My Heroes (Part One)

Hello there!  I’ve been thinking a lot about Stonecoast and all of the awesome people I’m missing right now (it’s summer residency and I’m not there *sadness*), plus all of the conversations I’ve had with these people.  One topic that never seemed to lose its attractiveness was superheroes.  A hazard of specializing in popular fiction, I guess.  These talks ranged from debates about who would beat who to the lack of females (as strong primary characters) and POC (persons of color) characters when we were growing up.

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The Sailor Scouts!

Personally, I grew up with the Bishoujo Senshi and a ton of other magical girl anime (a topic for another time), so I never really noticed a lack of strong female role models in my superheroes.  I suppose I should thank my obsession with anime and manga for that.  Honestly, I never really paid attention to any of the lacking qualities of the genre until I got to grad school.  Even when the flaws were pointed out, they didn’t really bother me much.  I was always the kind of person who could find some character to relate to regardless of how dissimilar our outer appearances were.  I mean, come on.  Do you know how hard it is to find a wheelchair bound superhero?  Let alone someone who started out that way (meaning their disabilities weren’t caused by accidents and injuries).  Yeah… Charles Xavier and Barbara Gordon as Oracle are the two who spring to mind most readily (both of whom were injured, not born that way).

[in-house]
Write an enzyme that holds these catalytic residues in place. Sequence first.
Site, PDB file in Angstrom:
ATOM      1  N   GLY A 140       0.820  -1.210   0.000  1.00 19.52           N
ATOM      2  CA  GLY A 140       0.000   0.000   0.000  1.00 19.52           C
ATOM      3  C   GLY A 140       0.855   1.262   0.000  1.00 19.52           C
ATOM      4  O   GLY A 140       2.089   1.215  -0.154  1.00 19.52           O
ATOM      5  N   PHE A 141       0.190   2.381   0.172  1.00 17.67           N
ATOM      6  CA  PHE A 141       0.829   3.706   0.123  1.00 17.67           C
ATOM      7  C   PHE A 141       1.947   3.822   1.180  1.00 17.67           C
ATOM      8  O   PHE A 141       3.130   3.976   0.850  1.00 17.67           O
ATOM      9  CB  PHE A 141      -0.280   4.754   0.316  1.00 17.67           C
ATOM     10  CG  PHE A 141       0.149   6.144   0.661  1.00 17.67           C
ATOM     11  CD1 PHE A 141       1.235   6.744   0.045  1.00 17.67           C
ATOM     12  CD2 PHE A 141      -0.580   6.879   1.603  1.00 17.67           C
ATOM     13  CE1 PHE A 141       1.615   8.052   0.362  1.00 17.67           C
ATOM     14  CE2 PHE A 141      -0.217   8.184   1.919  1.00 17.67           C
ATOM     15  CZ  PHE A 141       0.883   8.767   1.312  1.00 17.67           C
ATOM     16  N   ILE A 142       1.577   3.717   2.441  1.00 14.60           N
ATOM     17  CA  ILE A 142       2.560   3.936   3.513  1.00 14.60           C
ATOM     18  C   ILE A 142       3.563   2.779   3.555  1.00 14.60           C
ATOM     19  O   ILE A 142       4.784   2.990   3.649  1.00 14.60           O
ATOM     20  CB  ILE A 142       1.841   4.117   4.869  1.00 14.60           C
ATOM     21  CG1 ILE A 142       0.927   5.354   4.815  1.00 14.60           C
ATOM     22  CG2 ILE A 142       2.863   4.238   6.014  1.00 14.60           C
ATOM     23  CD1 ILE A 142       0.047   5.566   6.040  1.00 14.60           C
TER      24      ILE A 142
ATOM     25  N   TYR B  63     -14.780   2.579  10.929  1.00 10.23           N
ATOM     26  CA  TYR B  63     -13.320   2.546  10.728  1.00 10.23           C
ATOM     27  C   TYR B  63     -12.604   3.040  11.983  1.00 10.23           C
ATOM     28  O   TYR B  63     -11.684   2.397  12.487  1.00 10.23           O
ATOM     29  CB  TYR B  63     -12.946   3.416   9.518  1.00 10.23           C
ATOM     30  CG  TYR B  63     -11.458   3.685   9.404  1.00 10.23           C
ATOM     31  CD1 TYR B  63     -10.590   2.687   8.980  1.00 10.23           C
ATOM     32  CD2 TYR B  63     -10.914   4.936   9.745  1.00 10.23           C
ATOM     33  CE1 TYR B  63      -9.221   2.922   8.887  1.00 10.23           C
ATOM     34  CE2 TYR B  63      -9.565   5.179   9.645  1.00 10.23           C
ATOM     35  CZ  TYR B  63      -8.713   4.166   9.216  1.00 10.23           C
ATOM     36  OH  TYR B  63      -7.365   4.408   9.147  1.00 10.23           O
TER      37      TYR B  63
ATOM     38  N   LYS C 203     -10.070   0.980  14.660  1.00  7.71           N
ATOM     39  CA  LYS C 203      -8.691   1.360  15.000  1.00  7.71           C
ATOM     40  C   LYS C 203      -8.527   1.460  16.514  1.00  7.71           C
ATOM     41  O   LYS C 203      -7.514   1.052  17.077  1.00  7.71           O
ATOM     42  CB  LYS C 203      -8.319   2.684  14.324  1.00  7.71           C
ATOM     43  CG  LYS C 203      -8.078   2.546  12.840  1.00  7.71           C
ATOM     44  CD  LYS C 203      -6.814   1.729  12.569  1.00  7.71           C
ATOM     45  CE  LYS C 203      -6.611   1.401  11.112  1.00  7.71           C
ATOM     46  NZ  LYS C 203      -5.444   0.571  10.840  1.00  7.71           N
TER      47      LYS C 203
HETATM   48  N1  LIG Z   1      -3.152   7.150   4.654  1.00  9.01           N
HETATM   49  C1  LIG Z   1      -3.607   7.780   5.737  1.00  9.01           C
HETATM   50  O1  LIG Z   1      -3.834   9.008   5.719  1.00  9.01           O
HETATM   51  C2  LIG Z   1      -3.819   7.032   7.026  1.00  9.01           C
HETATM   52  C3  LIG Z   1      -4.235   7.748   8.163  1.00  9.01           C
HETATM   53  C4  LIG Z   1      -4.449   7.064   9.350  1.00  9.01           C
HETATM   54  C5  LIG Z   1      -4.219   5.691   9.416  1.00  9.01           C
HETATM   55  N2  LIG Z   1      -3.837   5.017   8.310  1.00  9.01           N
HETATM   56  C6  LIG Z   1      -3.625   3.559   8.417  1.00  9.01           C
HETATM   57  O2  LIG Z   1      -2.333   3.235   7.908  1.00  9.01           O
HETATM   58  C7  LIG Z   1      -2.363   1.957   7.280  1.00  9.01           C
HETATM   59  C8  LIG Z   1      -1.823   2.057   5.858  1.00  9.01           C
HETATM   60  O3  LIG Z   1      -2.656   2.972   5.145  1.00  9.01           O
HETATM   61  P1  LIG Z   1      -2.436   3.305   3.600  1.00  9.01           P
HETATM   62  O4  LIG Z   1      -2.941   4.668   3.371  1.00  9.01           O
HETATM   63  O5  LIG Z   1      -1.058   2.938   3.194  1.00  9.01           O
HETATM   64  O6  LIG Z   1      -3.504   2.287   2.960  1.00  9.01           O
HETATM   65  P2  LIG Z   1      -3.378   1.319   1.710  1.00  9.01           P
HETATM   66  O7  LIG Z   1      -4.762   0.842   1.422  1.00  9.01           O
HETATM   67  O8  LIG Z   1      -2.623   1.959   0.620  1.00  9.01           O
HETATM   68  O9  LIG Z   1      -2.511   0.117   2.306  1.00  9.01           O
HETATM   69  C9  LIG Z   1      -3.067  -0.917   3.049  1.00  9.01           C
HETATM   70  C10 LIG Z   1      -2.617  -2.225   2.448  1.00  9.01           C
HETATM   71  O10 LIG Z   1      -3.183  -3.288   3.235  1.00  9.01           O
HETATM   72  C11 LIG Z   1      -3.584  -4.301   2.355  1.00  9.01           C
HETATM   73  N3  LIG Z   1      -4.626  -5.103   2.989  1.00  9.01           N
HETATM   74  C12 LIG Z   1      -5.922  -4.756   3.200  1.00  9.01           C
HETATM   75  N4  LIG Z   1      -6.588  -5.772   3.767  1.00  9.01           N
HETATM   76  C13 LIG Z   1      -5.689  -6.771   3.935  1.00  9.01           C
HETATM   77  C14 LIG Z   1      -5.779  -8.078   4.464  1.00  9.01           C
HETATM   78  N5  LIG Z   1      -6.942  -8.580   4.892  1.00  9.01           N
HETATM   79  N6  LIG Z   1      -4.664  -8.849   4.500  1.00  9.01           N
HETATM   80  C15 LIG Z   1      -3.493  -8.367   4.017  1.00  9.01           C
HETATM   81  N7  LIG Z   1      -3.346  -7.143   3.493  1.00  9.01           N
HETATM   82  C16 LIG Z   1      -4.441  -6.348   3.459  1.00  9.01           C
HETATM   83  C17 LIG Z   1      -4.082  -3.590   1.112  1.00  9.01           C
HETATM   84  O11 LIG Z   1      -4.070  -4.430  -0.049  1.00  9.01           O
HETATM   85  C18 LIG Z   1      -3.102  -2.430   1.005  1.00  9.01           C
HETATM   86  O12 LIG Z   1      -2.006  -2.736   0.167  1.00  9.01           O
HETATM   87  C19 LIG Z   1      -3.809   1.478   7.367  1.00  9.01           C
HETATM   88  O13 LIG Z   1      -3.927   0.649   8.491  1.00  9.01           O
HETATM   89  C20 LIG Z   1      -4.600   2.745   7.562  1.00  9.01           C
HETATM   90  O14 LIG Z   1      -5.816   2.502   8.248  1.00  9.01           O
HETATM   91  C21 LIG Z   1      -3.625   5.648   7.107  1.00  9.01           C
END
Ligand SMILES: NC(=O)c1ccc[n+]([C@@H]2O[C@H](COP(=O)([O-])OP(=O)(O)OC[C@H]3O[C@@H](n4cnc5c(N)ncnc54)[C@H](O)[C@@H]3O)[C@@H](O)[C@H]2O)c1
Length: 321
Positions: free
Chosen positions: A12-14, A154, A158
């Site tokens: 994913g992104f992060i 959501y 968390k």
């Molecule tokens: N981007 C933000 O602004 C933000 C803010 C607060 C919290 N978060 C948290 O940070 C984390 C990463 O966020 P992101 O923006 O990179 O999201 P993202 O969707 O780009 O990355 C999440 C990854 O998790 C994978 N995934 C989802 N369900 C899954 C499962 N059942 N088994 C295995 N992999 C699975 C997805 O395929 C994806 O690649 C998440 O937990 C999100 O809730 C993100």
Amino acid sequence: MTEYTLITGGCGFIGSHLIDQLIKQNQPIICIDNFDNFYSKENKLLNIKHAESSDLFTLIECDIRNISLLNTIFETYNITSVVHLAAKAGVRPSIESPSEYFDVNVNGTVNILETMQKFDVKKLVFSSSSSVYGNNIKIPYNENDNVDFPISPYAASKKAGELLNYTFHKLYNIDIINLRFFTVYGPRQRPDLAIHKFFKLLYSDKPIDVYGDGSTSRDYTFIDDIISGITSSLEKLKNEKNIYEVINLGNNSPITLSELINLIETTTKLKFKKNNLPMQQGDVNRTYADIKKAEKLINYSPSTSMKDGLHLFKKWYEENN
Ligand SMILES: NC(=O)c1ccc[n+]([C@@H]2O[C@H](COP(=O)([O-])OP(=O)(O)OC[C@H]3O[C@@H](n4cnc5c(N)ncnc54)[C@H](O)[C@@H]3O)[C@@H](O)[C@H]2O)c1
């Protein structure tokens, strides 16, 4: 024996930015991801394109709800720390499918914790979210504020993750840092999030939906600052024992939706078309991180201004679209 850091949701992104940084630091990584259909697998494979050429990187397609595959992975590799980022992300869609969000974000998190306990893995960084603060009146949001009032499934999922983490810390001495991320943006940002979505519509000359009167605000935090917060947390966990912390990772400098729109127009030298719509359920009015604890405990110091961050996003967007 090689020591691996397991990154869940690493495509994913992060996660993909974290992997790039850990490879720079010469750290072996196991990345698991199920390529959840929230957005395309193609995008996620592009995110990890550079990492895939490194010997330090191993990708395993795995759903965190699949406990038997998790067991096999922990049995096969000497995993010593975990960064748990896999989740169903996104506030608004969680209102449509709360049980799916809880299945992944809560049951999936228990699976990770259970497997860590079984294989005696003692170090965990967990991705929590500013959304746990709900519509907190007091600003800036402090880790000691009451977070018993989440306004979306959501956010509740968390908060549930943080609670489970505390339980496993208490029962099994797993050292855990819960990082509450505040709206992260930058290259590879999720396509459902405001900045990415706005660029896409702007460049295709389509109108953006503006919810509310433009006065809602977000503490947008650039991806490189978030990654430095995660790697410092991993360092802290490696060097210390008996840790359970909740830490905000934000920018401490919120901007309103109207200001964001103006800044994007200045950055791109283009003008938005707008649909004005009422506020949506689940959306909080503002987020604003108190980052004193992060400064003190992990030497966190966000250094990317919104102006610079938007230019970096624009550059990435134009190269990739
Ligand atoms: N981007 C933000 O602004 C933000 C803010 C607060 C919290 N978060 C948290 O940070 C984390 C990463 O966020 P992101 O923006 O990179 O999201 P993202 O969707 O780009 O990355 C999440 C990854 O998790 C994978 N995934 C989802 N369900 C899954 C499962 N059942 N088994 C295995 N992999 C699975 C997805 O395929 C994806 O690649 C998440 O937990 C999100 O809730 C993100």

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Professor X
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Oracle

Actually, Oracle never really interested me that much anyway, so I’m not entirely sure she even counts as one of my heroes.  Yeah, Batman will always hold a special place in my list of favorites because he was one of the superheroes my dad and I always followed together.  Bats, Gargoyles (does anyone else even remember that show?), some Superman stuff.  It was all daddy-daughter time, thus it was all special.  I still love all of those heroes, but they were never my favorites.  The X-Men held the number one spot in my ranking from the very beginning.

Now, I could go into some deep philosophical debate as to why they were my favorite, but it’d be a load of crap.  I could tell you that I fell in love with the idea that a random genetic screw up could lead to superpowers instead of crippleness and the like.  I could tell you it gave me role models who were similar to me in the fact that nature had messed with us and turned us into freaks.  Today, yeah, that might be part of why they continue to hold the number one place for me.  When I was a kid, though?  No way!  Rogue and Storm were kickass, I was utterly in love with Gambit, and I totally adored so many of the “villains.”  There was no deeper meaning.  I was simply enamored by the X-Men.

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How can you not love them?

So, who were/are your (super)heroes?  Are they all from western comic books?  I have way too many from both comic books and manga (hence the “part one”).  I’ll talk more about my anime and manga heroes later.  Now, I kind of want to binge watch all the X-Men things.

Until next time!